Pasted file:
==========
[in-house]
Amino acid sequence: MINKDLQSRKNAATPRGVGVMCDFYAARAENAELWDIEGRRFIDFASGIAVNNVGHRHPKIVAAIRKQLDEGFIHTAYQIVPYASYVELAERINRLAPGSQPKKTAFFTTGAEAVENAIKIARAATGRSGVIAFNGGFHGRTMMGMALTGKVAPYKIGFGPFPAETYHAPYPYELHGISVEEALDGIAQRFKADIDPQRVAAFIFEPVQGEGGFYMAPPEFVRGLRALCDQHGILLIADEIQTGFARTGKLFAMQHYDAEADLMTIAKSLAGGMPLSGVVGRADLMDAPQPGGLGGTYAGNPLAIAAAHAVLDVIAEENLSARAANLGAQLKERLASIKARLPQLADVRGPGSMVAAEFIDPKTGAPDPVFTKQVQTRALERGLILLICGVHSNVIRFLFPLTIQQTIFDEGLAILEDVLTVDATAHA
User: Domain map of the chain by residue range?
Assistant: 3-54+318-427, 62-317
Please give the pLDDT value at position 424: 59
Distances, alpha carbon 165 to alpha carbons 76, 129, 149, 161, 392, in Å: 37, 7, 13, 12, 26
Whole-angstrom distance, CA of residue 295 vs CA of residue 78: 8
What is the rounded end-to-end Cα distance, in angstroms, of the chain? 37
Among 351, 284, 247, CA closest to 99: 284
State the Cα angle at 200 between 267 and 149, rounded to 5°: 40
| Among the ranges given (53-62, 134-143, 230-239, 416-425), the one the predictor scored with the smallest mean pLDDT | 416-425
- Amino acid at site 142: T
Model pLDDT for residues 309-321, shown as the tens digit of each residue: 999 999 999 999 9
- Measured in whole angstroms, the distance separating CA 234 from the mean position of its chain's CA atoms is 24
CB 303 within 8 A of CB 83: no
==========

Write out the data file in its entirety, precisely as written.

[in-house]
Amino acid sequence: MINKDLQSRKNAATPRGVGVMCDFYAARAENAELWDIEGRRFIDFASGIAVNNVGHRHPKIVAAIRKQLDEGFIHTAYQIVPYASYVELAERINRLAPGSQPKKTAFFTTGAEAVENAIKIARAATGRSGVIAFNGGFHGRTMMGMALTGKVAPYKIGFGPFPAETYHAPYPYELHGISVEEALDGIAQRFKADIDPQRVAAFIFEPVQGEGGFYMAPPEFVRGLRALCDQHGILLIADEIQTGFARTGKLFAMQHYDAEADLMTIAKSLAGGMPLSGVVGRADLMDAPQPGGLGGTYAGNPLAIAAAHAVLDVIAEENLSARAANLGAQLKERLASIKARLPQLADVRGPGSMVAAEFIDPKTGAPDPVFTKQVQTRALERGLILLICGVHSNVIRFLFPLTIQQTIFDEGLAILEDVLTVDATAHA
User: Domain map of the chain by residue range?
Assistant: 3-54+318-427, 62-317
Please give the pLDDT value at position 424: 59
Distances, alpha carbon 165 to alpha carbons 76, 129, 149, 161, 392, in Å: 37, 7, 13, 12, 26
Whole-angstrom distance, CA of residue 295 vs CA of residue 78: 8
What is the rounded end-to-end Cα distance, in angstroms, of the chain? 37
Among 351, 284, 247, CA closest to 99: 284
State the Cα angle at 200 between 267 and 149, rounded to 5°: 40
| Among the ranges given (53-62, 134-143, 230-239, 416-425), the one the predictor scored with the smallest mean pLDDT | 416-425
- Amino acid at site 142: T
Model pLDDT for residues 309-321, shown as the tens digit of each residue: 999 999 999 999 9
- Measured in whole angstroms, the distance separating CA 234 from the mean position of its chain's CA atoms is 24
CB 303 within 8 A of CB 83: no